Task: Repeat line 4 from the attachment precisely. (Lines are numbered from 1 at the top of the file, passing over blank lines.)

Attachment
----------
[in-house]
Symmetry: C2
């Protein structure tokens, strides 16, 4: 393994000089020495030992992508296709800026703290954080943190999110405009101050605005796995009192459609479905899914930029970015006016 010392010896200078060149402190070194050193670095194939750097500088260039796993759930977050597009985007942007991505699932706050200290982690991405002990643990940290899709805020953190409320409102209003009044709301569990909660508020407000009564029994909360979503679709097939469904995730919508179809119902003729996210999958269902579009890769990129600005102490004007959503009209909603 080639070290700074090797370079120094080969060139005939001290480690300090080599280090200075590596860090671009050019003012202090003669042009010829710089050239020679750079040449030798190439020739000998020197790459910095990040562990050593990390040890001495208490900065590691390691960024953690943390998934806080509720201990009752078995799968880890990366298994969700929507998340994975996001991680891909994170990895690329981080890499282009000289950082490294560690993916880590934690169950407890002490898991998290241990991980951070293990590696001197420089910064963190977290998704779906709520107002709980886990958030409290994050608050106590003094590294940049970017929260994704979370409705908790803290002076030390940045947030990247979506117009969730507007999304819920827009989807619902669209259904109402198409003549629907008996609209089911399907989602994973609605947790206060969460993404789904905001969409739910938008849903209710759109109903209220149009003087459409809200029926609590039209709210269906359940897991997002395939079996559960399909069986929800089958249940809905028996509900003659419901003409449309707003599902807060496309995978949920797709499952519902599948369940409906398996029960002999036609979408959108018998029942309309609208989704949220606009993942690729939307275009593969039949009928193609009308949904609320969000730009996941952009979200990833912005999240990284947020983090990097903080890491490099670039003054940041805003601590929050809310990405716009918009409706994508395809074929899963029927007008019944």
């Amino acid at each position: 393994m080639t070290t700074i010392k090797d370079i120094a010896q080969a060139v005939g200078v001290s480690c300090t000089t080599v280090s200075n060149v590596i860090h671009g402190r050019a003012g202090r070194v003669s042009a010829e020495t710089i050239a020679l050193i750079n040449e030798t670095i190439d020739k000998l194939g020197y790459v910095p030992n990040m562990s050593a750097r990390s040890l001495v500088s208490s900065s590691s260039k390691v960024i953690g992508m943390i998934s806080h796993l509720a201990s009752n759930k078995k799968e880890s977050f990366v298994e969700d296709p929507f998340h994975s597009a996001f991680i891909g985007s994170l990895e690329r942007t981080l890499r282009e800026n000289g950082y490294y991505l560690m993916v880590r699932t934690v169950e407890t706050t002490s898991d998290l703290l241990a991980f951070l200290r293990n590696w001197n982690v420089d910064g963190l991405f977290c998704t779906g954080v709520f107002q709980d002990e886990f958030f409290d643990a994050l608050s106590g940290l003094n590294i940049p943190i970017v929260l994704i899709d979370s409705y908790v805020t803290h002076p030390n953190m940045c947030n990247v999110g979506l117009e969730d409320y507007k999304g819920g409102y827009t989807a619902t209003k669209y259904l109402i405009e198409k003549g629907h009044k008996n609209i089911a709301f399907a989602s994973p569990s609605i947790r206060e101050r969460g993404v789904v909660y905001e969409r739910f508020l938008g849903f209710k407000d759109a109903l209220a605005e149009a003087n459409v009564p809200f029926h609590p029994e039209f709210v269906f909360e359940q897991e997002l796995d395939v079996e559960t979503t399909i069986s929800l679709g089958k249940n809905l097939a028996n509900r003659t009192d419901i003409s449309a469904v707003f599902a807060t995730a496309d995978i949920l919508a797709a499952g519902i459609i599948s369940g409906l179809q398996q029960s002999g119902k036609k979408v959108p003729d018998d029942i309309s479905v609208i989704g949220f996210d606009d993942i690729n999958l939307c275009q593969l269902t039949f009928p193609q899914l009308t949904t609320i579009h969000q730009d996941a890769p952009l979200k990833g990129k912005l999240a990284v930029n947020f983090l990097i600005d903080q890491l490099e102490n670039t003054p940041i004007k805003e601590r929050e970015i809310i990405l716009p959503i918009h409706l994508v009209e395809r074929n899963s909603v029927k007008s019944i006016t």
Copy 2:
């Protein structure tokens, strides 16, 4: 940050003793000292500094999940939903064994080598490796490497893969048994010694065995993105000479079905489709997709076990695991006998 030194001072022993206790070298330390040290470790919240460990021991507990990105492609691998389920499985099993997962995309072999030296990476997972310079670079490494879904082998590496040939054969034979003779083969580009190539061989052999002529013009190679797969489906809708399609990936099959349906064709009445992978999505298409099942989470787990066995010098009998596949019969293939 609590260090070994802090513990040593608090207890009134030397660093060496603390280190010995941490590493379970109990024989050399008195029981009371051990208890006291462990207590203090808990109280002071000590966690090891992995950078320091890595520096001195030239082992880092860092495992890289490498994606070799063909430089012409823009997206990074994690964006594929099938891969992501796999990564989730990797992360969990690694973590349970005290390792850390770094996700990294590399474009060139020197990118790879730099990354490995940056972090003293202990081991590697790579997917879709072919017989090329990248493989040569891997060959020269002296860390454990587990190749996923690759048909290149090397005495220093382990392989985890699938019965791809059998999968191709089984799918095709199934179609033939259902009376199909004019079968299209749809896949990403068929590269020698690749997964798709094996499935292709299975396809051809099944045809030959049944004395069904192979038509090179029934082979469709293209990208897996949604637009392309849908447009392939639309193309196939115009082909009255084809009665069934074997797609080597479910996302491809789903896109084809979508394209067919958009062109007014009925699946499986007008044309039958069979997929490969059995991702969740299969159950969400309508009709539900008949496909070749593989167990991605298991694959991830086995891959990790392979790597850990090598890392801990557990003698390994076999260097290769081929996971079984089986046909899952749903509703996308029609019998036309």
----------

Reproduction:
């Amino acid at each position: 393994m080639t070290t700074i010392k090797d370079i120094a010896q080969a060139v005939g200078v001290s480690c300090t000089t080599v280090s200075n060149v590596i860090h671009g402190r050019a003012g202090r070194v003669s042009a010829e020495t710089i050239a020679l050193i750079n040449e030798t670095i190439d020739k000998l194939g020197y790459v910095p030992n990040m562990s050593a750097r990390s040890l001495v500088s208490s900065s590691s260039k390691v960024i953690g992508m943390i998934s806080h796993l509720a201990s009752n759930k078995k799968e880890s977050f990366v298994e969700d296709p929507f998340h994975s597009a996001f991680i891909g985007s994170l990895e690329r942007t981080l890499r282009e800026n000289g950082y490294y991505l560690m993916v880590r699932t934690v169950e407890t706050t002490s898991d998290l703290l241990a991980f951070l200290r293990n590696w001197n982690v420089d910064g963190l991405f977290c998704t779906g954080v709520f107002q709980d002990e886990f958030f409290d643990a994050l608050s106590g940290l003094n590294i940049p943190i970017v929260l994704i899709d979370s409705y908790v805020t803290h002076p030390n953190m940045c947030n990247v999110g979506l117009e969730d409320y507007k999304g819920g409102y827009t989807a619902t209003k669209y259904l109402i405009e198409k003549g629907h009044k008996n609209i089911a709301f399907a989602s994973p569990s609605i947790r206060e101050r969460g993404v789904v909660y905001e969409r739910f508020l938008g849903f209710k407000d759109a109903l209220a605005e149009a003087n459409v009564p809200f029926h609590p029994e039209f709210v269906f909360e359940q897991e997002l796995d395939v079996e559960t979503t399909i069986s929800l679709g089958k249940n809905l097939a028996n509900r003659t009192d419901i003409s449309a469904v707003f599902a807060t995730a496309d995978i949920l919508a797709a499952g519902i459609i599948s369940g409906l179809q398996q029960s002999g119902k036609k979408v959108p003729d018998d029942i309309s479905v609208i989704g949220f996210d606009d993942i690729n999958l939307c275009q593969l269902t039949f009928p193609q899914l009308t949904t609320i579009h969000q730009d996941a890769p952009l979200k990833g990129k912005l999240a990284v930029n947020f983090l990097i600005d903080q890491l490099e102490n670039t003054p940041i004007k805003e601590r929050e970015i809310i990405l716009p959503i918009h409706l994508v009209e395809r074929n899963s909603v029927k007008s019944i006016t």